City Releases New Report on Controversial Staten Island Deer Vasectomy Program; does it work?
STATEN ISLAND, NY – Five years after the city’s deer vasectomy program began, the city says there has been a “significant decline” in the total deer population on Staten Island, which could lead to a decline large number if the program is maintained.
While data collected during this period – and recently published in a report titled Managing the impacts of deer on Staten Island – shows a reduction in the number of collisions with deer and vehicles, cases of Lyme disease and the number of ticks, some data is inconclusive and without important context, said Borough President James Oddo and the Deputy Borough President Ed Burke.
“Are the numbers decreasing with the number of deer found or are they really representative of the number of deer present? Oddo asked, adding that his office had sent the report to researchers at Cornell University to further analyze the data.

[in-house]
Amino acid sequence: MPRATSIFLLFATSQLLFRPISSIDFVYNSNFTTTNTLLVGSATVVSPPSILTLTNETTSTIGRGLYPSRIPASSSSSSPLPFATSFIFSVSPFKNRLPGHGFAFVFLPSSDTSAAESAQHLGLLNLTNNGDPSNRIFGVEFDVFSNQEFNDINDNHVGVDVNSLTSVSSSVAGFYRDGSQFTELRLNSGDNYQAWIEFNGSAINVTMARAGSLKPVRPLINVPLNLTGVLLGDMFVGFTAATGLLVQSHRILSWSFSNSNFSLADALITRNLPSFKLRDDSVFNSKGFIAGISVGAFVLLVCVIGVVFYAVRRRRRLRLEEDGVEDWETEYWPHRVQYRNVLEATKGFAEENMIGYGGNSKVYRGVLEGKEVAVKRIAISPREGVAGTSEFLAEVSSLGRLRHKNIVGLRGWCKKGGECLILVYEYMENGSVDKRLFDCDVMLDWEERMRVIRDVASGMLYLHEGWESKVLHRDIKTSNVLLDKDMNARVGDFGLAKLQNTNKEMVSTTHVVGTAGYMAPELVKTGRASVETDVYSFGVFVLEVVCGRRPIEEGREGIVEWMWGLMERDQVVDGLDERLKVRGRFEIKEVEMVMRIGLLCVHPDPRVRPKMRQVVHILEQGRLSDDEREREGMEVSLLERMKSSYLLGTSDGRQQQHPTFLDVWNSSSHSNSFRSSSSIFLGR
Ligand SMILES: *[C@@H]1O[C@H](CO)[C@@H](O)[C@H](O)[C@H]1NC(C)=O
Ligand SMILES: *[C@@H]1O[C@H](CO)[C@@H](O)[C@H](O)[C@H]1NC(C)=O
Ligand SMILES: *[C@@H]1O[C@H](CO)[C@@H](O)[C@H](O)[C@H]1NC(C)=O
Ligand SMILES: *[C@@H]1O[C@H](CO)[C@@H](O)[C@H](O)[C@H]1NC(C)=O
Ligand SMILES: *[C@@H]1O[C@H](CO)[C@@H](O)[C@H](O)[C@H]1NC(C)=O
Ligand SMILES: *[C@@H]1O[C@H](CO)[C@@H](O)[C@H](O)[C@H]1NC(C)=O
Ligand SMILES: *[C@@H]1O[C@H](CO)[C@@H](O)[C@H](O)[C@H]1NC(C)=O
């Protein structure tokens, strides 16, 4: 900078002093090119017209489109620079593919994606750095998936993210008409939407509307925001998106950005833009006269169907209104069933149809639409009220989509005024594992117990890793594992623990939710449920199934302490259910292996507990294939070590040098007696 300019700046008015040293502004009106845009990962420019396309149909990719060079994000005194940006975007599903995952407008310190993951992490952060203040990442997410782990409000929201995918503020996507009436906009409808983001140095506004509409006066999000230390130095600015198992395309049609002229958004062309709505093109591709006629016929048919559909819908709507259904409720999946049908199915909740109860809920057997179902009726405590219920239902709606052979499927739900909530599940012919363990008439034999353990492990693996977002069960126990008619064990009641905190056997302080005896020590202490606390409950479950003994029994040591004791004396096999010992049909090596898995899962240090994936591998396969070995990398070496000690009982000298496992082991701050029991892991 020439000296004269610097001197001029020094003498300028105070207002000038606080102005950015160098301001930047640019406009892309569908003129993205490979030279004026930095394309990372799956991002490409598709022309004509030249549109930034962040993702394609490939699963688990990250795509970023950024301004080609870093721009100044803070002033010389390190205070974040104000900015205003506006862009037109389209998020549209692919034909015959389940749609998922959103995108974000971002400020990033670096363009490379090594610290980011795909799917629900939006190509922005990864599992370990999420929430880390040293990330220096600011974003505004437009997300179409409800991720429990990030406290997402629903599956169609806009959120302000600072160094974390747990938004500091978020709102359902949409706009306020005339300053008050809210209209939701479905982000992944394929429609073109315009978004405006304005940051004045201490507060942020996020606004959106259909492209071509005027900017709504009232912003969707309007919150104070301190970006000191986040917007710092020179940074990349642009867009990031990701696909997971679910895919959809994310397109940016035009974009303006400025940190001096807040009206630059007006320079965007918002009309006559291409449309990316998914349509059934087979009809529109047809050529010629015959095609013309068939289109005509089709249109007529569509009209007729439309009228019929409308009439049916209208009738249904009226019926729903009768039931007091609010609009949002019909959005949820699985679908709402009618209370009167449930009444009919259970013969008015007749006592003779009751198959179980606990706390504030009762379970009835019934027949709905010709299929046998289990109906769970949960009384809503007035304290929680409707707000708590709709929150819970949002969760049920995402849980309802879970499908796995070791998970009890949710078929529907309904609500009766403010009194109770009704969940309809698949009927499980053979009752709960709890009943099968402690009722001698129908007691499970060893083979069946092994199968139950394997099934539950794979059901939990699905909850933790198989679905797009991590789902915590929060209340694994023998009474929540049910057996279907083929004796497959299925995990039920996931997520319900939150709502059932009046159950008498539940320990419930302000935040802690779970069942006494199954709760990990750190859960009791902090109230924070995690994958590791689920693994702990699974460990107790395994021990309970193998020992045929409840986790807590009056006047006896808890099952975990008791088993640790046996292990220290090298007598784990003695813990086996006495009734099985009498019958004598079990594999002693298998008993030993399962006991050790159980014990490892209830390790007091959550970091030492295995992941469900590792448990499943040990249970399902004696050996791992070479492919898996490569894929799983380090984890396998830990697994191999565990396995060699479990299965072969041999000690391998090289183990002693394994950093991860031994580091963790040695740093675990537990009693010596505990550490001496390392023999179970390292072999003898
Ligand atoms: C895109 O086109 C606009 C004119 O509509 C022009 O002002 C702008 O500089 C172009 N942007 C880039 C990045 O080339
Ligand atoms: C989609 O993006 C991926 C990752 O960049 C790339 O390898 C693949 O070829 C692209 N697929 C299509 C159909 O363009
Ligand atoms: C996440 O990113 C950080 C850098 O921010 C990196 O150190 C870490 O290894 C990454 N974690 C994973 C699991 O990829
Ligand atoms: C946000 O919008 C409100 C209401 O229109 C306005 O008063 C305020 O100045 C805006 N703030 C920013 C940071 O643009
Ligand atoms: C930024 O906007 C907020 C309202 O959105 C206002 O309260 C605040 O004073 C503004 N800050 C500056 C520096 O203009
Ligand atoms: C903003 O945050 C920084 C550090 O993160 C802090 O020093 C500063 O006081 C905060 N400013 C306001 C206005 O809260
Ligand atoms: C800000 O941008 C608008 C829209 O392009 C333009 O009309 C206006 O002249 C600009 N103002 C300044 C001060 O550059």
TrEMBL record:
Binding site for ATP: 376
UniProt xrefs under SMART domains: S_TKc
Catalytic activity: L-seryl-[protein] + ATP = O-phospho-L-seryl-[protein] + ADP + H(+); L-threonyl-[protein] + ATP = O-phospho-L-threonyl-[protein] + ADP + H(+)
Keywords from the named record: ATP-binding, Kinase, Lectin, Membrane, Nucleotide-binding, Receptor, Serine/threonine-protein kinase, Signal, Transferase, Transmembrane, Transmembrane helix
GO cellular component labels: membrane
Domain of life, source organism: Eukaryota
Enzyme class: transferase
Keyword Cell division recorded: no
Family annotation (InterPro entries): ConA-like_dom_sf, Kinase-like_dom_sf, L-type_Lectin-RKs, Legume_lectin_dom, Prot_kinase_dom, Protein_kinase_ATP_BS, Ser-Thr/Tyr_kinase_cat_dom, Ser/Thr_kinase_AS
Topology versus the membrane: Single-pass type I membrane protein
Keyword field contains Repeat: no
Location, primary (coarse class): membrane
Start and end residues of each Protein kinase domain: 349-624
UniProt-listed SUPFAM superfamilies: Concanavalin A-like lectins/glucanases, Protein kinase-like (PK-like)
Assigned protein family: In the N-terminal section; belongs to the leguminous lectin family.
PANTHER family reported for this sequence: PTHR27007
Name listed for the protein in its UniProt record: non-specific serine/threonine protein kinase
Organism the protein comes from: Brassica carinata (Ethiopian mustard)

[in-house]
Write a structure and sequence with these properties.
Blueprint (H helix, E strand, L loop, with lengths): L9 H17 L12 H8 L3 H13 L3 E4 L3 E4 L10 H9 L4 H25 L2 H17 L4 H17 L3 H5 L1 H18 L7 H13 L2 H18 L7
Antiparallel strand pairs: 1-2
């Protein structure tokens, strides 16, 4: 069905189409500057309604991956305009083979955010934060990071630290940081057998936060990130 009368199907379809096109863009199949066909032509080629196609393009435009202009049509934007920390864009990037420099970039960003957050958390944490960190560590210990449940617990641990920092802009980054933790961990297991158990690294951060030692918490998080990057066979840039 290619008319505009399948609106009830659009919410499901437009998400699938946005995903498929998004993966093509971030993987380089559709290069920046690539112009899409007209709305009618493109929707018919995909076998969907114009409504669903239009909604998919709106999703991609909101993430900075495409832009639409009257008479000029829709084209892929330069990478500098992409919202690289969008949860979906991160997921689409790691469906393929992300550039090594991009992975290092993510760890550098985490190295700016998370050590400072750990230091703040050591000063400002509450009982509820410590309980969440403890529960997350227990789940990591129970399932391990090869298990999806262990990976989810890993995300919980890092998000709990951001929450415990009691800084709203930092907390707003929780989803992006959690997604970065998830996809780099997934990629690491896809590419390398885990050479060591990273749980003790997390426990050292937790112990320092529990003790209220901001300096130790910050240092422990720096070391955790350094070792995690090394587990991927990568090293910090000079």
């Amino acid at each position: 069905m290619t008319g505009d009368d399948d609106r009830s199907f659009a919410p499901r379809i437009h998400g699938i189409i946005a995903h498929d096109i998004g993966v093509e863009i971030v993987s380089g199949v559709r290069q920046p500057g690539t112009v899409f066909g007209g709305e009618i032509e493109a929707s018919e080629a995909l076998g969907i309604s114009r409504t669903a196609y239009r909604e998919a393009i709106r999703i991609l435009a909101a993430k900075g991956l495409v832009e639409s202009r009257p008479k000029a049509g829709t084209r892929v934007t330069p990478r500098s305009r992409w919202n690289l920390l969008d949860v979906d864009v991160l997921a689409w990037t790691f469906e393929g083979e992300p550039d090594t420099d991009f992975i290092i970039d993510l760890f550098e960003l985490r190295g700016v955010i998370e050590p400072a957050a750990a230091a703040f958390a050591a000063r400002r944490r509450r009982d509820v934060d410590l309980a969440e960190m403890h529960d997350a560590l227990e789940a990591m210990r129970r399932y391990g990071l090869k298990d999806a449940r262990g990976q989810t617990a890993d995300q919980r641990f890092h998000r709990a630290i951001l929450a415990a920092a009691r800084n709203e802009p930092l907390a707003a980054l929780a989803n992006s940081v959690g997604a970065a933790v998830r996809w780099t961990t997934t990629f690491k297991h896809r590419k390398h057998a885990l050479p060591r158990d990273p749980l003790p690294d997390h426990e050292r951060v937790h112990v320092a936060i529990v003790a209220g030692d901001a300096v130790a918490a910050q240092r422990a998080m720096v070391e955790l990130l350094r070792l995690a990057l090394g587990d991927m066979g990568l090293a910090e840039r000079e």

According to the city report, the total deer population increased from around 2,053 in the first year of the project (2016 to 2017) to around 1,555 in the fourth year of the project (2019 to 2020). ), but there have long been questions about the accuracy of the deer count.
Despite these questions and the exorbitant cost, Mayor Bill de Blasio was never dissuaded from pursuing the controversial program, which was the first of its kind in a major American city.
Using vasectomy to address the borough’s growing deer population – which was causing various concerns, including an increase in the number of residents with Lyme disease, vehicle collisions around the island and environmental damage – was initially set to cost $ 3.3 million, but doubled to $ 6.6 million last year.
The cost of the program came under scrutiny when it was revealed that only 7.6% of the $ 4.1 million spent at the time was used for deer sterilization efforts.
As an alternative, Oddo previously suggested controlled culling to curb the population. The idea was supported by state and federal authorities, but the city expressed concerns about jurisdiction and chose to go ahead with the vasectomy program.